Varied approach to schools returning to extracurriculars

By Phillip Blancher, Local Journalism Initiative Reporter
Varied approach to schools returning to extracurriculars
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IROQUOIS – Lifting most of the pandemic-related restrictions in Ontario schools in March has led to the return of school life as it was before the COVID-19 pandemic. This includes the resumption of school sports, field trips, and extra-curricular activities and events. For students at Seaway District High School, this also marks the return of the school’s annual prom.

“Given the tumultuous times that our students have gone through, we wanted to ensure that a safe and equitable prom was made available to all of our students to celebrate their successes despite the challenges of COVID-19,” Seaway Principal Trent Carter-Edwards told The Leader.

Initially a small group of parents and students began planning in February for some form of a prom. At the time Ministry of Education directives did not allow school-sanctioned events to be planned. Those regulations changed after March Break as pandemic restrictions eased.

Carter-Edwards explained that discussions last week brought the volunteer-led initiative in-house as a sanctioned event.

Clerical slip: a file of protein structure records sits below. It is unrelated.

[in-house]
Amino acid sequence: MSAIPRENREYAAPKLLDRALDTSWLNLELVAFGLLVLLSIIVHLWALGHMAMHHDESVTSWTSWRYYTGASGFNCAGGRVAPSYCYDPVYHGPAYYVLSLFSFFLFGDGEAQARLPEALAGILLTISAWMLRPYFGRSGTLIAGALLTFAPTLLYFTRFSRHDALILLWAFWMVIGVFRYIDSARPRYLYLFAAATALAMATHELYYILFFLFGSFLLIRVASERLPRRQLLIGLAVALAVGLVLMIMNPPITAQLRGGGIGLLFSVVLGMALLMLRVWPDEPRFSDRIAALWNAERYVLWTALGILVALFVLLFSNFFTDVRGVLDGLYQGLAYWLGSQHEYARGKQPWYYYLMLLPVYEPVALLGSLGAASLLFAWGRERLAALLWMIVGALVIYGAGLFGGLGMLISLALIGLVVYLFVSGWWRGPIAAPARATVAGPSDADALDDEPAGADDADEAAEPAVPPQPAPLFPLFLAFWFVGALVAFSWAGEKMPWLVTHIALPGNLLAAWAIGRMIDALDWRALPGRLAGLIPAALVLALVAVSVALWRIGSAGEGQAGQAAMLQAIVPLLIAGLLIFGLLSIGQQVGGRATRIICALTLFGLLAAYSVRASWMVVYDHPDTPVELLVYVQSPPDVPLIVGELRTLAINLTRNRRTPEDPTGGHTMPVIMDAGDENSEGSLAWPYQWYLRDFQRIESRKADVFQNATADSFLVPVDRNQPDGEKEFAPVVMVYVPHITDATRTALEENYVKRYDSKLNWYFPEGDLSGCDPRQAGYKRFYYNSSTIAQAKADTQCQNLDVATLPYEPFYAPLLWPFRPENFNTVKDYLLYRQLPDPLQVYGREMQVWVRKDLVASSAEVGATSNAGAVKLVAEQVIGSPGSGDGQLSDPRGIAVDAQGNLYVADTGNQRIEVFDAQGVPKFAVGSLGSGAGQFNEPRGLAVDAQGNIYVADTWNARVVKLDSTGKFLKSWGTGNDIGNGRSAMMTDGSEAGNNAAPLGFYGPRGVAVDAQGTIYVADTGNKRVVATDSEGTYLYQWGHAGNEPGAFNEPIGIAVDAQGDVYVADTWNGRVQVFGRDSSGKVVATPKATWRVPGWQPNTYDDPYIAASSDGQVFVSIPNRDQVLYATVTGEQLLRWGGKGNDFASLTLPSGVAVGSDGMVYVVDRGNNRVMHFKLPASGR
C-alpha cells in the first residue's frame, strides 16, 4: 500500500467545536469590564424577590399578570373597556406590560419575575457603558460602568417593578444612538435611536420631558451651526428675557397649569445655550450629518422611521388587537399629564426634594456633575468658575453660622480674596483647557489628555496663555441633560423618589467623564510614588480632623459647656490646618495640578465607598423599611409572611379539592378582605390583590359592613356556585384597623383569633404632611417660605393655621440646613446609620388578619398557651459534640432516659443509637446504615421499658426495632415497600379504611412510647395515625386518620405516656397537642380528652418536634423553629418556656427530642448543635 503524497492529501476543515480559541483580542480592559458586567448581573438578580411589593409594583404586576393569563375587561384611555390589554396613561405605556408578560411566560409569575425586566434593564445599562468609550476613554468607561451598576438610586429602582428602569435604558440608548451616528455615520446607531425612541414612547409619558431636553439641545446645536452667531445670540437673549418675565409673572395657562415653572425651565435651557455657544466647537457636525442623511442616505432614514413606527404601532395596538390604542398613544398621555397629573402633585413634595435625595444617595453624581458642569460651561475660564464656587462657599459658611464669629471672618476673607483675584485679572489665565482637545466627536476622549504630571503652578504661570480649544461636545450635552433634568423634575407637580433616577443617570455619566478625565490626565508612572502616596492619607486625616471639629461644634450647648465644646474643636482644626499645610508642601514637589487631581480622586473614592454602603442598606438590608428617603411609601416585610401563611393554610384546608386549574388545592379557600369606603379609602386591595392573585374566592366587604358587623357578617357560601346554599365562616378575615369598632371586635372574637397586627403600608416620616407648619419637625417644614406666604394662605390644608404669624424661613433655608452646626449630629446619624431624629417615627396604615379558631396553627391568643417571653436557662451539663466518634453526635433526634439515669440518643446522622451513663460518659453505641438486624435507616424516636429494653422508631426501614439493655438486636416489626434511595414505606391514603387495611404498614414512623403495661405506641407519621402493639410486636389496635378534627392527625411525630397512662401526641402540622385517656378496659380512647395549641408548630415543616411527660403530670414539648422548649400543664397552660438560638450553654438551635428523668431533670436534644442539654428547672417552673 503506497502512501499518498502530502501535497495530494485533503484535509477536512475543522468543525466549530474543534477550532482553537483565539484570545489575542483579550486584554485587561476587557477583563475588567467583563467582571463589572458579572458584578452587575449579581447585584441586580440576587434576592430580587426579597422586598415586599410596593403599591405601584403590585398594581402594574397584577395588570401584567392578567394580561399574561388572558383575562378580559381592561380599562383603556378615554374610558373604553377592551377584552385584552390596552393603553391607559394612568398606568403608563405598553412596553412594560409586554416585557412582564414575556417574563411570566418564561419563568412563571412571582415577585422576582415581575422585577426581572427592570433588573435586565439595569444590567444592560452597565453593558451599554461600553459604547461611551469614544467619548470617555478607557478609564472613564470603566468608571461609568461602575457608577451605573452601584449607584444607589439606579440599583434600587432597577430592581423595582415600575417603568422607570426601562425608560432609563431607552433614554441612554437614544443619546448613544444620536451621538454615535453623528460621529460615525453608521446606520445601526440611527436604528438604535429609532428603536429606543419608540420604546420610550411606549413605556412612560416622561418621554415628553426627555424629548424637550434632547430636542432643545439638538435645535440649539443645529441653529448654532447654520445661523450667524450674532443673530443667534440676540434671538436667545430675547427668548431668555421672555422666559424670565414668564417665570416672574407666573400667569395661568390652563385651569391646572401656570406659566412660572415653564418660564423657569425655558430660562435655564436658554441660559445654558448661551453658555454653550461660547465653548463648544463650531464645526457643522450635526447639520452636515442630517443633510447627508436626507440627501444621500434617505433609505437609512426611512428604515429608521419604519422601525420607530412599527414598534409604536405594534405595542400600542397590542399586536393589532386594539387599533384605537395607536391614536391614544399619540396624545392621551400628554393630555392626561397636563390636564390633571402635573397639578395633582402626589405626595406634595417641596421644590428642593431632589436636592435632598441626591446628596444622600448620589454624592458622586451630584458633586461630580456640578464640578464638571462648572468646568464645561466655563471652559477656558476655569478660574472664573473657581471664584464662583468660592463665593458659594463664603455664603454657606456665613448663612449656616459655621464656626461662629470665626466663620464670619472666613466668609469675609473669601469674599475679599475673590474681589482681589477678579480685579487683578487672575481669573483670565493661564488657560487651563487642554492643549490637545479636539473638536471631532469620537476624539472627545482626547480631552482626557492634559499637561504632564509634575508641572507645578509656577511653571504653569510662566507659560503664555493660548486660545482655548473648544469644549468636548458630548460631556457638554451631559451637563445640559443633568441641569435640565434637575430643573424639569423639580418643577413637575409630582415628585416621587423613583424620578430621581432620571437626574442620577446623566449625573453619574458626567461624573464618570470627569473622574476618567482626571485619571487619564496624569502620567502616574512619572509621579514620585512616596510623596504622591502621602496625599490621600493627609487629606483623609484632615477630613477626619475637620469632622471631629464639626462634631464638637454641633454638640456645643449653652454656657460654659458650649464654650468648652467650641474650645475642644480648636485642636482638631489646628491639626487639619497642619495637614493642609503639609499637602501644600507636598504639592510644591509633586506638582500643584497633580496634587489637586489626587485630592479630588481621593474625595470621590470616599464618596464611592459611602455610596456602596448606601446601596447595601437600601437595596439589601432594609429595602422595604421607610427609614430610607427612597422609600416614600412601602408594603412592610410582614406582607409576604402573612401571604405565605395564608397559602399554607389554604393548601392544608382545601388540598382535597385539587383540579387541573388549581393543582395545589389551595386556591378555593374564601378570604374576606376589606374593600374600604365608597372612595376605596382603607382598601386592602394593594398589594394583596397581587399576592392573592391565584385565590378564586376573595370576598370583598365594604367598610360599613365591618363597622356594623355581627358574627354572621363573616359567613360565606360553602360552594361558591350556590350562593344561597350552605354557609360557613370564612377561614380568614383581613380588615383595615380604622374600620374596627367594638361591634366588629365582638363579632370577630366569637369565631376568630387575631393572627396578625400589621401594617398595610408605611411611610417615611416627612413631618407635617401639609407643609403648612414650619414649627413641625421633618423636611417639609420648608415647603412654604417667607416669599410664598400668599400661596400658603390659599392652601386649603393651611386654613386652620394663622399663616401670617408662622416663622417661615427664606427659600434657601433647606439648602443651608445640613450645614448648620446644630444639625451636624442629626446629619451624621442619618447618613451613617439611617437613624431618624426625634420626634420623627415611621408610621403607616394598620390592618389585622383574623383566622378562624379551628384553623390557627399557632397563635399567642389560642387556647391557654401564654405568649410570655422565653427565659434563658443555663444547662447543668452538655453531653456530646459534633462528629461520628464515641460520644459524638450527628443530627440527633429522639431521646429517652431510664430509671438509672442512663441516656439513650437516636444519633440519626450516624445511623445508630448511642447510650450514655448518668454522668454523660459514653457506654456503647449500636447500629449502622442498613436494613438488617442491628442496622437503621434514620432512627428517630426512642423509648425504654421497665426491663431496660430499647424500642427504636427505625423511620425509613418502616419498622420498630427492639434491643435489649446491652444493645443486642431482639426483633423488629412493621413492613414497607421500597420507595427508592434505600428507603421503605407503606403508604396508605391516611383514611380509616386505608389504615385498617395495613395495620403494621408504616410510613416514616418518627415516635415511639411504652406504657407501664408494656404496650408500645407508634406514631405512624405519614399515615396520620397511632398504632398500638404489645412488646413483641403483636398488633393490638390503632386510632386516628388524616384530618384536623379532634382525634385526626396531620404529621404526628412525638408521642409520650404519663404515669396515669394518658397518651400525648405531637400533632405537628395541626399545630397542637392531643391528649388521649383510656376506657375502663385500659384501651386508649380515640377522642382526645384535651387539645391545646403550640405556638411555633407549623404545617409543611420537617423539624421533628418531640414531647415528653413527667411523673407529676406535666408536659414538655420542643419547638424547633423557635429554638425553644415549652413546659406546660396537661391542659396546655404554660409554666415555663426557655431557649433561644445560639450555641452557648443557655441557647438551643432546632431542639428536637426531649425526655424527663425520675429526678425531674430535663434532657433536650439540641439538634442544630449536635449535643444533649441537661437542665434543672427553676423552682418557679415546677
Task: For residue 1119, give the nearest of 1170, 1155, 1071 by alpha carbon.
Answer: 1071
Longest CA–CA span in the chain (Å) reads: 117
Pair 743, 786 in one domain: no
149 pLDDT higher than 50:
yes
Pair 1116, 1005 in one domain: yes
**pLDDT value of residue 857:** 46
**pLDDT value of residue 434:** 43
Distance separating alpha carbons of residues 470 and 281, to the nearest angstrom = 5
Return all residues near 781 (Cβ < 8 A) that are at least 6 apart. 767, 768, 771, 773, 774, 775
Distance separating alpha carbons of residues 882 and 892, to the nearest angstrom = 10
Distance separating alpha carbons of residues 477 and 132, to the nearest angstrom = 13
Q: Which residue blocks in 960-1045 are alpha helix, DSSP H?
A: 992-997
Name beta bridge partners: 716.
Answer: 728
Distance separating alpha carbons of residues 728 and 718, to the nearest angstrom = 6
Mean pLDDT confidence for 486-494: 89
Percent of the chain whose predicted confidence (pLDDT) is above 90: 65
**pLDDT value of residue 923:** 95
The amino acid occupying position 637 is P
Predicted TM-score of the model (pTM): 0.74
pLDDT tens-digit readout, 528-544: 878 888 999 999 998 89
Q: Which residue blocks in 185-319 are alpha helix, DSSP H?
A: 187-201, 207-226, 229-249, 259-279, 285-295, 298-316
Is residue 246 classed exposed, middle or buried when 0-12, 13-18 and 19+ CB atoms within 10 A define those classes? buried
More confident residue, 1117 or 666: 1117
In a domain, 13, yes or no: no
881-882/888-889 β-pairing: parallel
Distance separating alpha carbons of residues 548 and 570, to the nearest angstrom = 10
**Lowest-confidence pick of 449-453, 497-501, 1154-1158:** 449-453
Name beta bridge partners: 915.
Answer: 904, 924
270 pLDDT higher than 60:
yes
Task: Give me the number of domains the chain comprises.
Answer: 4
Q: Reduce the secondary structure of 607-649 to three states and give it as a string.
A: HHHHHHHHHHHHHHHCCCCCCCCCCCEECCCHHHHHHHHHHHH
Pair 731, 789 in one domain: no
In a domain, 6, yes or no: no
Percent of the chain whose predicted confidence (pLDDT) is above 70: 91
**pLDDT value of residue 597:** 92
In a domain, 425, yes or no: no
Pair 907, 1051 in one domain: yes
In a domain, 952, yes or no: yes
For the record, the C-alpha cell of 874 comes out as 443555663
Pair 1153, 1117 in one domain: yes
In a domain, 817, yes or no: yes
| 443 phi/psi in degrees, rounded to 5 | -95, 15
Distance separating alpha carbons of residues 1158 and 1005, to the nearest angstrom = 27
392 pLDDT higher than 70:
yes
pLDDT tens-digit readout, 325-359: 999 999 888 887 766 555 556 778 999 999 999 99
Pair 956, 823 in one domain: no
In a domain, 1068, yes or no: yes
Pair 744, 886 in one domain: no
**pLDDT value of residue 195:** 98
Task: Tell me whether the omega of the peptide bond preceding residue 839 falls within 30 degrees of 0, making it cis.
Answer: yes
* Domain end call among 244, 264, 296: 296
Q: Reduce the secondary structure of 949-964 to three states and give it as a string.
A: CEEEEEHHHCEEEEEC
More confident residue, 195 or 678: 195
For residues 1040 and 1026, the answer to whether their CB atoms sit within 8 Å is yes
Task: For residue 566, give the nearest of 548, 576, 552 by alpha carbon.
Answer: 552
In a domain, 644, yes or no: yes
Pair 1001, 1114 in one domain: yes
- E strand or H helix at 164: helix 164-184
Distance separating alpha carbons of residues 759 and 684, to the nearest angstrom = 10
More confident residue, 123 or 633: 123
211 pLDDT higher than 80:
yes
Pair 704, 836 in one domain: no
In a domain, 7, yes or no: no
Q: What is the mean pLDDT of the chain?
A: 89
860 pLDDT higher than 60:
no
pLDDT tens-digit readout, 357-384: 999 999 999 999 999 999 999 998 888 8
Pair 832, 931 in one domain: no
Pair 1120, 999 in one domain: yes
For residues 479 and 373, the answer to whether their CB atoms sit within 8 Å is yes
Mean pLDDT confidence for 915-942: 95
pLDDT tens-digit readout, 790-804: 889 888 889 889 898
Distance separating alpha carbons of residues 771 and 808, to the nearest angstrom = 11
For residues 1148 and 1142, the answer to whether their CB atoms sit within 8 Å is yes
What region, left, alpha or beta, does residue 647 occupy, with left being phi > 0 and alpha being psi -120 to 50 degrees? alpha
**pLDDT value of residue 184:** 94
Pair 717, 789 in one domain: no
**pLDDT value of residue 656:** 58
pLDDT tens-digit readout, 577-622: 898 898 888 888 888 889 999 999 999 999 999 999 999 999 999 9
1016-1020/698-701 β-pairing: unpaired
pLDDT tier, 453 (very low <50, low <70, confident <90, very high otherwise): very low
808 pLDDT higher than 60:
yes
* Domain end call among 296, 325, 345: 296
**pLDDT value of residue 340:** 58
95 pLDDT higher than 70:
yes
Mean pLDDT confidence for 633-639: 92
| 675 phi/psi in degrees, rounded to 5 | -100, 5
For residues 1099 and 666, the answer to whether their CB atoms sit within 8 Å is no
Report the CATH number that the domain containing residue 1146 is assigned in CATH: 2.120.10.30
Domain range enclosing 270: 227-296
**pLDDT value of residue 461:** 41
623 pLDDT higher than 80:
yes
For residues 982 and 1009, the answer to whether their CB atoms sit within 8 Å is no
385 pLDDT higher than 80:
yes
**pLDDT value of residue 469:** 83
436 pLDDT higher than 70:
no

According to ministry regulations, fundraising on school property by students counts as school generated funds. Money raised on school property through ticket sales, bake sales or other fundraising initiatives cannot be used for non-school sanctioned events and activities.

Carter-Edwards said that the decision to bring the prom in-house was “so that we could provide the support and resources of the school.” That includes use of previous school-generated fundraising specifically earmarked for prom.

This year’s prom at Seaway is scheduled for May 26, in the courtyard at the school.

While Seaway is having their prom, some schools and school boards in the region are opting not to bring back events that were part of school life before the COVID-19 pandemic.

North Grenville District High School in Kemptville will not be hosting a prom this year, or possibly in the future.

A letter sent to parents by that school’s principal Christopher Bourne on April 7 said that at the direction of the board, “the decision has been made that schools will be pulling back from prom planning and hosting in the future.” Instead, parents and students could plan future “prom-like” activities independent of the school.

A similar situation happened in Cornwall where the Catholic District School Board of Eastern Ontario cancelled its annual Bishop’s Cup competition between the two Catholic secondary schools in the city. Board officials cited pandemic related concerns and cancelled the event “out of an abundance of caution.” A community-organized competition, not sanctioned by the board, was eventually held.

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